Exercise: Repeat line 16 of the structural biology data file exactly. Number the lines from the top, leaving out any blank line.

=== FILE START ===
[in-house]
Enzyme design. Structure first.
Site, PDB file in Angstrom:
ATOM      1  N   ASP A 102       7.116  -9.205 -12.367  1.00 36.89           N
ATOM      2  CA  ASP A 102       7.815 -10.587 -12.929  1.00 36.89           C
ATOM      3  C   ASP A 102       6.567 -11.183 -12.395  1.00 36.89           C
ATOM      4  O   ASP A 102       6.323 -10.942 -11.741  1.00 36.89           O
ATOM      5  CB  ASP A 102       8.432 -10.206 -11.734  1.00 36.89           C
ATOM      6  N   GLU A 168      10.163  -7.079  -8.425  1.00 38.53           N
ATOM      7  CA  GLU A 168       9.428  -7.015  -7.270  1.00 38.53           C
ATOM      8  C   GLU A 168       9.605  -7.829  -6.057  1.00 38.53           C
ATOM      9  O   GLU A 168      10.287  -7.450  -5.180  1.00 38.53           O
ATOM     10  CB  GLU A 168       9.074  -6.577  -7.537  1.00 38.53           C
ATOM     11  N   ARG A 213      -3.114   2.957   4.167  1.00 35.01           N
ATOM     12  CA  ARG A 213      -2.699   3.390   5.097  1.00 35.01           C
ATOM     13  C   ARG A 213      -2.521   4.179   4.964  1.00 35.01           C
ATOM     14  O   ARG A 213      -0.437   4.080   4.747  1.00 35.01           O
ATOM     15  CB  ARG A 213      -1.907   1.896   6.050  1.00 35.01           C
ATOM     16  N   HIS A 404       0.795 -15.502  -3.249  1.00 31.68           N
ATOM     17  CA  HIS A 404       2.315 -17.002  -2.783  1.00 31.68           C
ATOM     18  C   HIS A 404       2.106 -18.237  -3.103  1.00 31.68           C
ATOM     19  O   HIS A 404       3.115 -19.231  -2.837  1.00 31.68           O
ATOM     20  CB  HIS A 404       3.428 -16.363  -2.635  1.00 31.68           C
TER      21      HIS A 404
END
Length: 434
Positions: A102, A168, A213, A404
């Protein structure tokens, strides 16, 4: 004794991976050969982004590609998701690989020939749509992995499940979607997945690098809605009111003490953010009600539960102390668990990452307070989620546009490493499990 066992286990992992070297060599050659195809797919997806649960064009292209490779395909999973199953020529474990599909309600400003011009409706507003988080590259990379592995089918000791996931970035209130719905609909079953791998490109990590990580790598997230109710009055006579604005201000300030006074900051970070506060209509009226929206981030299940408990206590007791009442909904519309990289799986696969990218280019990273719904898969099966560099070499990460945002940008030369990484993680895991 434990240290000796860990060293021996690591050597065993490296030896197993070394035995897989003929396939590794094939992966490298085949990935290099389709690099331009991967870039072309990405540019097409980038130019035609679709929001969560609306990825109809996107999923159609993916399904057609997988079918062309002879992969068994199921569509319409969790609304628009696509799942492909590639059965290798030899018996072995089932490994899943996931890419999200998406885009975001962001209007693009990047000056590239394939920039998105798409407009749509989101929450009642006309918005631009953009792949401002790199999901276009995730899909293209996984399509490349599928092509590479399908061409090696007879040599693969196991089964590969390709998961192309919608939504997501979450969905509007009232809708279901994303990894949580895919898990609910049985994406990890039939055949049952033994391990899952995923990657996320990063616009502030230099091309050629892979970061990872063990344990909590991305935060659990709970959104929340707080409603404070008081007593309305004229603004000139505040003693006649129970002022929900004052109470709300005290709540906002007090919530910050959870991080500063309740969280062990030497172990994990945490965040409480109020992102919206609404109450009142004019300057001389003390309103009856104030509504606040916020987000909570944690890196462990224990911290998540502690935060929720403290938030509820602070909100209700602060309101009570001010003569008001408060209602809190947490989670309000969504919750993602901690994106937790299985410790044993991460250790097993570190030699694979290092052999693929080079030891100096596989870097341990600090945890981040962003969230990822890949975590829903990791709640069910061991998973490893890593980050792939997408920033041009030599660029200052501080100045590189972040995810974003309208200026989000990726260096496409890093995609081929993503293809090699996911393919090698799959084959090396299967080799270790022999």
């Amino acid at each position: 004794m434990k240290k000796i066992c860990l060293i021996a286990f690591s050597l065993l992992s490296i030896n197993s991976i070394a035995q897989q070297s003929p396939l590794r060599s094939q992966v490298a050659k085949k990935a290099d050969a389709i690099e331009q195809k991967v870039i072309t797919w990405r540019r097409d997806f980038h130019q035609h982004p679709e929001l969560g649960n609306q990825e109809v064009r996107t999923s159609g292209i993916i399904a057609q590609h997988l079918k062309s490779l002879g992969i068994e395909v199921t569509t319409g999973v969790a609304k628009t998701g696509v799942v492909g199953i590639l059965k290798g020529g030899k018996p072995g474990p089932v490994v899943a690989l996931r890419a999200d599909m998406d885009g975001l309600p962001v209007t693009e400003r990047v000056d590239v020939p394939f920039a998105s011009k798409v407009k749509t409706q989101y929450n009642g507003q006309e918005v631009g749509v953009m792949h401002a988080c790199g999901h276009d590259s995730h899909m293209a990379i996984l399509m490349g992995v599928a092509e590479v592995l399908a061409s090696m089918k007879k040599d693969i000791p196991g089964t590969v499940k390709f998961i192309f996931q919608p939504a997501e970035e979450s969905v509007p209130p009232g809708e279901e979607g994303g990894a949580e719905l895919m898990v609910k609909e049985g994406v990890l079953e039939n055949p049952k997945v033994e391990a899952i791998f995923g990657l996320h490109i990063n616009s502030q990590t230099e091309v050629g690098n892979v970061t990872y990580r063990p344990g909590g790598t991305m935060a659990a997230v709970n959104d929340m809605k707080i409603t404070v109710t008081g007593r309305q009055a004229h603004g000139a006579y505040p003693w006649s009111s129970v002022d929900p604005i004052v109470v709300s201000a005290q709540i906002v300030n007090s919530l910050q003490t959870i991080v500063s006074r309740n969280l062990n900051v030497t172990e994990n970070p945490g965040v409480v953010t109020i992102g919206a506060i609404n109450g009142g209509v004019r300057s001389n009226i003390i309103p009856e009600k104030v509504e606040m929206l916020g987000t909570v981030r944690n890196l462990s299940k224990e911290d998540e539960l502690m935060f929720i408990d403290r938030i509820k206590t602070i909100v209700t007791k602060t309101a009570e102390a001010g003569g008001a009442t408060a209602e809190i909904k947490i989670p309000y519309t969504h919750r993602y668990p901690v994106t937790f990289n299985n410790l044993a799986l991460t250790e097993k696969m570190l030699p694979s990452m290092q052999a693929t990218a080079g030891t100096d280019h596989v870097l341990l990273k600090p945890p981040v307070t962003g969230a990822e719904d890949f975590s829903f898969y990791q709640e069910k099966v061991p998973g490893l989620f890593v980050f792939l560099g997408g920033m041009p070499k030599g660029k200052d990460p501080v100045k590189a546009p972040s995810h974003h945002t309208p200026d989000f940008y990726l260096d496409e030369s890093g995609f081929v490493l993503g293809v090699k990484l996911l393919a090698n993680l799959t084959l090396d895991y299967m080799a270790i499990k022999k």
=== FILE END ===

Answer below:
ATOM     13  C   ARG A 213      -2.521   4.179   4.964  1.00 35.01           C